Jonathan Dobres

mega man 9

Mega Man 9

I have beaten Mega Man 9. Now what am I going to do with the rest of my life?

Saying that Mega Man 9 is difficult is like saying that the surface of the sun is hot. The game is intentionally retro, boiling Mega Man back down to its most basic components. In fact, Mega Man can only do three things in the game. They are:

  1. Jump
  2. Shoot
  3. Die

The game is as simple as it is merciless, and the combination instantly fascinated me. I came late to the Mega Man 9 party. In truth, what really sparked my interest was this excellent essay by Bruce Morrison, in which he explains why a game so unbelievably difficult is ultimately a joy to play, if you have the right mindset. He also touches on the idea of game-based versus internal rewards. In short, players have come to expect that games will reward them for playing well, and game studios are only too happy to oblige. The Achievements systems on the XBox and Playstation make the notion explicit, and to a certain extent, ridiculous. Players are rewarded and patted on the back for making even the most rudimentary progress. Picked up the wrench in Bioshock? Have a badge. Successfully navigate the perils of the tutorial level? Here, you’ve achieved something.

Mega Man 9 does not partake of this orgy of auto-congratulation. Mega Man’s only reward—the only permanent reminder that you’ve made real progress—comes when you successfully complete an entire level and obtain a Robot Master’s power. Yes, Mega Man 9 does have Achievements, but they clearly take the term very seriously. Defeat each Robot Master in thirty seconds. Now do it in ten. Beat the entire game in under two hours. Never miss a shot. Never get hit. Would you like me to part the Red Sea while I’m at it?

Mega Man 9 feels exactly like a Buddhist enlightenment (bear with me). All is suffering. You die over, and over, and over. Amidst all the pain, you begin to accrue a deep, almost imperceptible inner knowledge. Gradually the illusions of the world around you fall away. That which once seemed impossible becomes nothing to you. You transcend. Plug Man’s infamous vanishing platforms become less an obstacle than an opportunity to demonstrate Jedi-like powers of precognition (fast-forward to about 1:00).

Enough about personal challenge, inner reward, and Buddhism. Mega Man 9 is a great game. The game’s decidedly lo-fi approach masks a surprisingly rich experience. Your options may be limited to jump, shoot, and die, but there’s a great deal of variety embedded in how you do those things. Consider the play style of one Ms. PinkKittyRose, which is very different from my own. Look at her on Wily Fortress Part 1. Unlike me, she barely touches her Robot Master powers. She’s far better than me with the default Mega Buster, and the way she plays is very different because of it. When she used Rush Coil to bypass the magma blasters (around 3:20), my jaw hit the floor. I must have died thirty times getting the jumps exactly right. Like a true Buddhist, she saw that the answer to this problem was no problem.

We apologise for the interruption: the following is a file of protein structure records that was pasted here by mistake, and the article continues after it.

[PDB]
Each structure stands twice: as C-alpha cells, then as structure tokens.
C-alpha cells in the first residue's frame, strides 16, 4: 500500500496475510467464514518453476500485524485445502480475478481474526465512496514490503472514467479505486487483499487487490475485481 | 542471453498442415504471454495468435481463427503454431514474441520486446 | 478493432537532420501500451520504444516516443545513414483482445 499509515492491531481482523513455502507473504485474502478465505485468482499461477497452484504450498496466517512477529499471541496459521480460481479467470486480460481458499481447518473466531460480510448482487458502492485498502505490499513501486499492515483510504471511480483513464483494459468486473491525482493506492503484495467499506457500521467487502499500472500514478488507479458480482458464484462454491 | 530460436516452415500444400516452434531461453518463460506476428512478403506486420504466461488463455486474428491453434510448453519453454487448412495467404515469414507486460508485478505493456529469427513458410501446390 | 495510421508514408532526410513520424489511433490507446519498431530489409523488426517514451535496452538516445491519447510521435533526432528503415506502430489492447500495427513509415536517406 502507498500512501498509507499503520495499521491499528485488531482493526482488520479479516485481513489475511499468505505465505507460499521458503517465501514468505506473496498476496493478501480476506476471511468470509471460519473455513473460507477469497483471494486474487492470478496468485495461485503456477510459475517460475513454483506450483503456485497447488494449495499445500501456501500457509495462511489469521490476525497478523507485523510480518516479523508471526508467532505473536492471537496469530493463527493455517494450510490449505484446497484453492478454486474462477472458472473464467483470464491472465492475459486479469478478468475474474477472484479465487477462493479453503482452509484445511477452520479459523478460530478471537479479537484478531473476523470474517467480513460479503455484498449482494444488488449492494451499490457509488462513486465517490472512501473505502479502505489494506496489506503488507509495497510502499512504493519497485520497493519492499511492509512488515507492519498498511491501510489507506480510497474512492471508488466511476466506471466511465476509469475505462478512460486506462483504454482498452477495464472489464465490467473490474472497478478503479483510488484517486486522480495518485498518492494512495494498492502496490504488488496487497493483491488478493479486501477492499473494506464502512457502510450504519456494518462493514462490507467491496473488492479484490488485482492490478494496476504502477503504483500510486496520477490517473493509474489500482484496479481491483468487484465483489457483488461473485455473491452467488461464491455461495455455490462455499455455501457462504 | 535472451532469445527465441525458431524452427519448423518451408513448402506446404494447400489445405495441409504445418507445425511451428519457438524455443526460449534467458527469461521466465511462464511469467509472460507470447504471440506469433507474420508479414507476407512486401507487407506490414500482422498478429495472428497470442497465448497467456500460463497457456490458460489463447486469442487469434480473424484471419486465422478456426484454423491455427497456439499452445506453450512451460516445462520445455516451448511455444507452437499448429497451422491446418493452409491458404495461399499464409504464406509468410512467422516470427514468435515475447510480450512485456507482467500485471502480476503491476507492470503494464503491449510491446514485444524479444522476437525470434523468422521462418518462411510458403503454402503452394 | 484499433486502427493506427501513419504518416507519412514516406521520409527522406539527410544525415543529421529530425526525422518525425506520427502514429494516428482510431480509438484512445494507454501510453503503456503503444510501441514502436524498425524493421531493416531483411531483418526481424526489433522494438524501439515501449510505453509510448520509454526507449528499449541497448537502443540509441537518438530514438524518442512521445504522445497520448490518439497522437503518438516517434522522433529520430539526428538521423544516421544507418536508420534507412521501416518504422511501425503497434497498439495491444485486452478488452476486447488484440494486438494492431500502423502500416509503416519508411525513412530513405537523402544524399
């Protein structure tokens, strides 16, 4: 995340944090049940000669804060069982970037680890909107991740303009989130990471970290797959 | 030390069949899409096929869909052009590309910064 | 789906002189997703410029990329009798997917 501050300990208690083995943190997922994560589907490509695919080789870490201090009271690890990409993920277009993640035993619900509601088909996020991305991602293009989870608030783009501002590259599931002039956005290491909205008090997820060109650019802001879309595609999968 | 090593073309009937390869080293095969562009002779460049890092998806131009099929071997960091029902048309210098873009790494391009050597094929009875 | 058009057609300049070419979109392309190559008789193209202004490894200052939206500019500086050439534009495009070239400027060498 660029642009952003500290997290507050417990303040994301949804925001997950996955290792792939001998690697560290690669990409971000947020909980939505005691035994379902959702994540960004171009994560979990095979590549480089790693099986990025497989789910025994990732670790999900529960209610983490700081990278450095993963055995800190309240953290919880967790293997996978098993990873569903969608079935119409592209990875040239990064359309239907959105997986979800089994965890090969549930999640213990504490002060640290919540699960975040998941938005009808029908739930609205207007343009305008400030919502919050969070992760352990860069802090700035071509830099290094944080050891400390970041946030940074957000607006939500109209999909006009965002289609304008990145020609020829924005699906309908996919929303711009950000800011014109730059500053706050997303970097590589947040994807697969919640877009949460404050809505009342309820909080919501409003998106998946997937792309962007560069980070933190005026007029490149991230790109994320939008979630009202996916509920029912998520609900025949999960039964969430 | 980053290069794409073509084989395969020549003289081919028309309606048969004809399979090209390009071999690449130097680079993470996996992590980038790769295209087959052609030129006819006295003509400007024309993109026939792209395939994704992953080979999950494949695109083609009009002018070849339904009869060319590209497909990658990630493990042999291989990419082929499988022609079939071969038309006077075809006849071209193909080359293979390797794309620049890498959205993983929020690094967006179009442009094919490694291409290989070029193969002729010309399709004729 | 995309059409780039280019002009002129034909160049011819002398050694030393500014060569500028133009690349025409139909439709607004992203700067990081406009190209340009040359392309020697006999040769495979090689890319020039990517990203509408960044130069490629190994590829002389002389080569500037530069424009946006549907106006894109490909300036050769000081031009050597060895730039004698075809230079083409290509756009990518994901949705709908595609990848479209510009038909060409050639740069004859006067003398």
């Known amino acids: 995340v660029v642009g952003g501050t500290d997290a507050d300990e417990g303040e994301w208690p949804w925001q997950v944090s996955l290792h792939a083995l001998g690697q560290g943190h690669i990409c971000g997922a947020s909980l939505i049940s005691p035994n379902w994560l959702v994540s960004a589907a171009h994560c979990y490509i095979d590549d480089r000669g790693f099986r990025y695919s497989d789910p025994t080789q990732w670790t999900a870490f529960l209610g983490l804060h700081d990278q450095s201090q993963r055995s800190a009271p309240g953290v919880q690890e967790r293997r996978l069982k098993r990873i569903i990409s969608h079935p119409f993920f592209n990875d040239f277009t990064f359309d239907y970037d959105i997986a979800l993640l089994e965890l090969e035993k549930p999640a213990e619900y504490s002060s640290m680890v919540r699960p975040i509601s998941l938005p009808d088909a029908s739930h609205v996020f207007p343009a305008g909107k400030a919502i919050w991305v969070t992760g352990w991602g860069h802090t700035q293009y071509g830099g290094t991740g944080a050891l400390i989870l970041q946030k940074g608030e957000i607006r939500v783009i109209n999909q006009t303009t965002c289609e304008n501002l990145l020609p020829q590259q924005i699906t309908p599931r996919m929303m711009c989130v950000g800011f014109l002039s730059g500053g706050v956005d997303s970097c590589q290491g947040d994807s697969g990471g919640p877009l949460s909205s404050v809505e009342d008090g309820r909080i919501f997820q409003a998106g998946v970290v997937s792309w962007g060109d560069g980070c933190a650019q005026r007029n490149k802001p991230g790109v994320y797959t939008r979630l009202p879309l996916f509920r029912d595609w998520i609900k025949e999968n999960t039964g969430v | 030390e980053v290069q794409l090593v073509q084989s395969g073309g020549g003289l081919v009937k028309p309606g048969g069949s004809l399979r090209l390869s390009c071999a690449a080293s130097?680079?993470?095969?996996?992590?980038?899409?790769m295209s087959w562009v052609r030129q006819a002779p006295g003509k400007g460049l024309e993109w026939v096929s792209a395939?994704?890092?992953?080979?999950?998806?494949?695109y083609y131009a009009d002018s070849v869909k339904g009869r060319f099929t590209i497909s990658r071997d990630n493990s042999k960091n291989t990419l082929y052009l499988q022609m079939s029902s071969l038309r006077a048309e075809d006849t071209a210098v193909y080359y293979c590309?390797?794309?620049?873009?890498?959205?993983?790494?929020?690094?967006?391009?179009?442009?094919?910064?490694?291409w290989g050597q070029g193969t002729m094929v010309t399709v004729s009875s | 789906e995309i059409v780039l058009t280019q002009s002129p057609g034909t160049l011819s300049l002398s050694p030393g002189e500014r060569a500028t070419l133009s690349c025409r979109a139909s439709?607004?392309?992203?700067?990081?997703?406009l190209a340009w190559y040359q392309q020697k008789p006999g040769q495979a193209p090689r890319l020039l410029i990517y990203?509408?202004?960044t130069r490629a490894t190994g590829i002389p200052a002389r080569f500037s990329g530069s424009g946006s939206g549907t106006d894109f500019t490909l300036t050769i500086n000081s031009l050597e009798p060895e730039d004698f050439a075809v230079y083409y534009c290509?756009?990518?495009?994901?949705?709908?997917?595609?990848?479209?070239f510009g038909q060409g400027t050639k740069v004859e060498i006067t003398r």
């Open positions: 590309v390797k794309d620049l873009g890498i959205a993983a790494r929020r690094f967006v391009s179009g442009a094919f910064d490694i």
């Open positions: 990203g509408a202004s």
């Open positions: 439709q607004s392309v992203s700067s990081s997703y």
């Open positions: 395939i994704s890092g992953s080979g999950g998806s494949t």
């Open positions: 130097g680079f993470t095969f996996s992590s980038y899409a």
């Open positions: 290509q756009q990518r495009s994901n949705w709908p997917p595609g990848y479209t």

If you want to see true transcendence, you need look no further than the “speed runners,” brave souls whose sole purpose in life is to complete the game in the shortest possible amount of time. In their quest to beat the clock, these people (and I use the term loosely) have explored the game at the furthest boundaries of creativity and discovered subversive, unexpected treasures. To watch one of these people play the game is to witness, in one particularly specific form, the very length and breadth of human thought. For your information, Mega Man 9 can be played from start to finish in about twenty-three minutes and sixteen seconds. Got some free time? Here’s how you do it. Mesmerizing.

One particular reveiw of the game, written by Sumantra Lahiri, struck me as odd. He writes:

While Mega Man 9 has all of the elements to make a classic 8-Bit game, it some how just misses that 8-Bit perfection of Mega Man 2. For whatever reason, that intrinsic quality of a classic 8-Bit game seems to constantly elude it. In many ways, Mega Man 9 is definitely one of the better Mega Man games in its long storied run, but the truth is this; Mega Man 9 is good, not great. Though to say that Mega Man 9 did not attempt to capture that feeling of 8-Bit perfection would be false.

What does that mean? I think Lahiri’s problem is that he’s been confounded by what I call the Twelve Year Old Effect. The most awesome year of your life is the one in which you, personally, were twelve. The television shows will never be funnier, the ice cream will never be sweeter, and the video games will never be more “8-bit perfect” than they were then. It doesn’t strike me as particularly fair to dock Mega Man 9 points simply because it isn’t Mega Man 2.

Mega Man 9, like all great games, builds a complex experience out of a simple premise. Jump, shoot, die. Repeat until enlightenment is achieved.